state also presented evidence establishing Dockery’s constructive possession of
the gun. To show constructive possession, the state must show
either (1) that the police found the gun under the defendant’s exclusive
control in a place that others normally do not have access to, or (2) that if
the gun was found in a place to which others had access, “there is a strong
probability, inferable from the evidence, that defendant was consciously
exercising dominion and control over it.”
State v. Breaux,620
N.W.2d 326, 334 (
The handgun in question was found in a kitchen cabinet to which Dockery did not have exclusive control or access. Terry and two children, her 15-year-old son and her 9-year-old daughter, also lived in the townhouse and had access to the kitchen cabinets. Terry testified that the gun is not hers and that she did not allow guns in the house. There is nothing in the record suggesting that the gun belonged to or was in the possession of either of the children living in the house.
But the DNA evidence indicates that Dockery had exercised “dominion and control” over the gun. Not only did the expert witness testify that Dockery was a likely contributor to the DNA mixture on the gun, but also he testified that, based on Terry’s DNA sample, Terry “couldn’t have contributed to the DNA on the gun.” The DNA evidence indicates that 99.995% of the population, including Terry, could not have contributed to the DNA mixture on the gun. But Dockery’s DNA sample shows that he is one of the .005% of the population who is a possible contributor to the DNA on the gun.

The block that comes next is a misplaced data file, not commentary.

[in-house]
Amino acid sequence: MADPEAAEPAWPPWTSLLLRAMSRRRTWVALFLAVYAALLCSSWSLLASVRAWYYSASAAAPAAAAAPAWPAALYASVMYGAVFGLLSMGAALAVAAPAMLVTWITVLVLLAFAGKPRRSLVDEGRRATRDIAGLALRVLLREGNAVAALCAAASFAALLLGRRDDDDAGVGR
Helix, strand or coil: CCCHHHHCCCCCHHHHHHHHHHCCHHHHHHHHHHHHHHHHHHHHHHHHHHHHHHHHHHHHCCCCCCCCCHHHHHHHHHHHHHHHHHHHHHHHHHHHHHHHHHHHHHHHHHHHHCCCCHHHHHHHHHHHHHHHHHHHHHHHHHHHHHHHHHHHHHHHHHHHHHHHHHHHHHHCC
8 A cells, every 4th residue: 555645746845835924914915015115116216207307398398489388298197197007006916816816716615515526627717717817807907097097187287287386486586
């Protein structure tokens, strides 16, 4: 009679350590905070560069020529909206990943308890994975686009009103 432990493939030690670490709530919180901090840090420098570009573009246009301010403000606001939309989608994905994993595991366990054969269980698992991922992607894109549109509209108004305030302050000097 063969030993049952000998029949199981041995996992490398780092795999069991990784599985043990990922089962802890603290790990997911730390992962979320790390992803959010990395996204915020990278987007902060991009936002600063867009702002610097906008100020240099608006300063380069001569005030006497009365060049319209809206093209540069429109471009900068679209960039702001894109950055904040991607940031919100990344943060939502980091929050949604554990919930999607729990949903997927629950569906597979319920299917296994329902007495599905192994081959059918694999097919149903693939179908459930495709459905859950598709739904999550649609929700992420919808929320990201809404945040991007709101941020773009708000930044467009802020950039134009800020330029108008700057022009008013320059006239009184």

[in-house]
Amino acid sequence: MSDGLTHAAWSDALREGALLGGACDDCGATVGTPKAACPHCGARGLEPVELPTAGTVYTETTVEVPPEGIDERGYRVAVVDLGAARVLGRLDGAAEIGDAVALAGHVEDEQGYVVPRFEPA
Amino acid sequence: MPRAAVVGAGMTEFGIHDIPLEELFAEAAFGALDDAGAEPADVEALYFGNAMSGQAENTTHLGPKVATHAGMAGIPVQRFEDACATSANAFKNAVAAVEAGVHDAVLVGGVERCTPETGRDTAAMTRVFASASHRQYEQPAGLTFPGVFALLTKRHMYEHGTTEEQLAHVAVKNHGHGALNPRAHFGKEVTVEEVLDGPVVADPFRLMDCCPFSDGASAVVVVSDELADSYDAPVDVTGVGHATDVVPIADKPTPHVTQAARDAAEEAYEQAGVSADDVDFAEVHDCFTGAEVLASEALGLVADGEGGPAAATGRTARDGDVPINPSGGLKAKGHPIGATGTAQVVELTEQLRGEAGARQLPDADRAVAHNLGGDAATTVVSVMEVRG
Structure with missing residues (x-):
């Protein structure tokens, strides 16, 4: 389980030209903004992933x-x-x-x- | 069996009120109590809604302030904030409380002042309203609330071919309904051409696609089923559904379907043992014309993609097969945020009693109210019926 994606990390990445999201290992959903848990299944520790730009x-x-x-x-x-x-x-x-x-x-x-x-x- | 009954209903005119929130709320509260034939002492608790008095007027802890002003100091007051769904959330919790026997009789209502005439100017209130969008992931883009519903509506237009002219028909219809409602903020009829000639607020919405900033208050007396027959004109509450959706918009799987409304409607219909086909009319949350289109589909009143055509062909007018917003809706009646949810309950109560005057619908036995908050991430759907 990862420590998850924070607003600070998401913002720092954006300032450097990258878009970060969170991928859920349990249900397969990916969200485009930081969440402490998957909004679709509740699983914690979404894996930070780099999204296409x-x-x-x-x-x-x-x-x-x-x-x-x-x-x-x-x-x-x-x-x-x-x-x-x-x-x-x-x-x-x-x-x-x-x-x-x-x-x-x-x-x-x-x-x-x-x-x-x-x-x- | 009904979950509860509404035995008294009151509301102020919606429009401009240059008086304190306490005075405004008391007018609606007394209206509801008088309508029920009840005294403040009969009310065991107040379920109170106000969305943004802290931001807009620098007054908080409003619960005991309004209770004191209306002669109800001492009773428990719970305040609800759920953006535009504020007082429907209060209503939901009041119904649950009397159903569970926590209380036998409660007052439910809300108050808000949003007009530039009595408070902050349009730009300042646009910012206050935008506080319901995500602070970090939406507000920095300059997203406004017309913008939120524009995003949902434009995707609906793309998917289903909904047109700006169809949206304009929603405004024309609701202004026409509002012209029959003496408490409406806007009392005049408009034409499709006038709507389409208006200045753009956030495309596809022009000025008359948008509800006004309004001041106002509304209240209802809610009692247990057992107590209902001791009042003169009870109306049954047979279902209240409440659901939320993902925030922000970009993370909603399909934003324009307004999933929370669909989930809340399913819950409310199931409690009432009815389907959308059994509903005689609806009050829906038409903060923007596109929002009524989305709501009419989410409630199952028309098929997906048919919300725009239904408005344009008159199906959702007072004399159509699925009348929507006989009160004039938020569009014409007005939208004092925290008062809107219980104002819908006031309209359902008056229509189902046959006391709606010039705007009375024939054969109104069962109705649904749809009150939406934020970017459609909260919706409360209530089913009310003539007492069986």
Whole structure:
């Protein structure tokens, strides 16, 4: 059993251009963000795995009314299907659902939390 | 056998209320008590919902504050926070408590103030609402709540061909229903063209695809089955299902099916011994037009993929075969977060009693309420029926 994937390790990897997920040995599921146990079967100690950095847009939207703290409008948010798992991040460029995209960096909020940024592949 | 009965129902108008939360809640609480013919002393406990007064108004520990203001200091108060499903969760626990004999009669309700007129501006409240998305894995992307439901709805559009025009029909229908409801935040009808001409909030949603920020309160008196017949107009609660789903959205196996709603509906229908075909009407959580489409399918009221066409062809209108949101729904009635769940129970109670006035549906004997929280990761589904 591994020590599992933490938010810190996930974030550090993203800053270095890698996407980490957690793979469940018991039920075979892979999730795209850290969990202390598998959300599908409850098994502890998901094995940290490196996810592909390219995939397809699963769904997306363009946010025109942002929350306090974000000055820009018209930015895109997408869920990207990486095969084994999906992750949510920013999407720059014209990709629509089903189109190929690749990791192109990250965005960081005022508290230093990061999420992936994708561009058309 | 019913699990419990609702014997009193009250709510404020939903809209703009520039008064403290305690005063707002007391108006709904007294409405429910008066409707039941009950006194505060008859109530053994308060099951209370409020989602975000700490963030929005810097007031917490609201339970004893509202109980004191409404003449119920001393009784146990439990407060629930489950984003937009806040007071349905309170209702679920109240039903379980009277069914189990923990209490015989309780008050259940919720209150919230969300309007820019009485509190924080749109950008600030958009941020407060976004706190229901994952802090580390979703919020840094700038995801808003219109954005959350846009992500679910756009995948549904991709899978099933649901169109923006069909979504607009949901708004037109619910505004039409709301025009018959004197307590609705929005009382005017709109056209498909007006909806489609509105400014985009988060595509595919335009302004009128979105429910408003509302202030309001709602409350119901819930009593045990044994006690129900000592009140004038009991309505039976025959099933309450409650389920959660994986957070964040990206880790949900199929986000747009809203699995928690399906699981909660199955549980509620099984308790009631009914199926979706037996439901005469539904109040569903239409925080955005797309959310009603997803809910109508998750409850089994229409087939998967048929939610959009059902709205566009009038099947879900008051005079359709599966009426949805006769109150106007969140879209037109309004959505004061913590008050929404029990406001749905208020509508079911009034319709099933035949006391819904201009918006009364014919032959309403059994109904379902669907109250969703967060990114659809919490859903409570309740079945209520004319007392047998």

When viewed in the light most favorable to the conviction, the events described by Terry when she called 911, her statements to the responding officers, the gun found by the police the next day, and the DNA evidence would allow a jury to find Dockery guilty of possession of a firearm by an ineligible person beyond a reasonable doubt. We therefore conclude that the record contains sufficient evidence to support Dockery’s conviction.
next argues that the prosecutor committed misconduct during closing argument. Rather than object to the comments that Dockery
now argues were prosecutorial misconduct, Dockery’s counsel chose to respond in
her closing argument. A defendant who
fails to object to the prosecutor’s closing argument or to seek a cautionary
instruction ordinarily waives the right to have the issue considered on appeal,
but we may grant relief absent objection if the misconduct is unduly
prejudicial. State v. Whittaker, 568 N.W.2d 440, 450 (
But even if Dockery’s attorney had not responded in her closing argument, we find that the prosecutor’s comments were not unduly prejudicial and that Dockery’s failure to object, alone, would result in a waiver of the issue on appeal. Dockery argues that the prosecutor “mischaracterized” the testimony of the state’s expert witness by arguing that the witness sampled the “thirteen most diverse sites there are on the human body, the sites where the DNA is so different that there can’t be a chance of mixing it up for somebody else. Thirteen spots in [the] DNA that are so unique that they are almost absolutely attributable, that DNA, to you.” The state’s expert witness in fact testified that “DNA constitutes of billions and billions of . . . sites, but we look at 13.” He also testified that the 13 sites “have been shown to be very, very different between different individuals” and that “they differ widely between individuals.”
Although the prosecutor’s description of the DNA testing procedure was inaccurate—the expert testified that he tested 13 sites in the DNA samples, not 13 sites on the human body—the summary of the expert witness’s technical explanation of the testing procedure does not appear, as Dockery argues, to be a “purposeful attempt to mislead the jury” but rather a misunderstanding of an element of the testimony on the part of the prosecutor. And in light of the evidence supporting Dockery’s conviction, we do not find the prosecutor’s comment unduly prejudicial.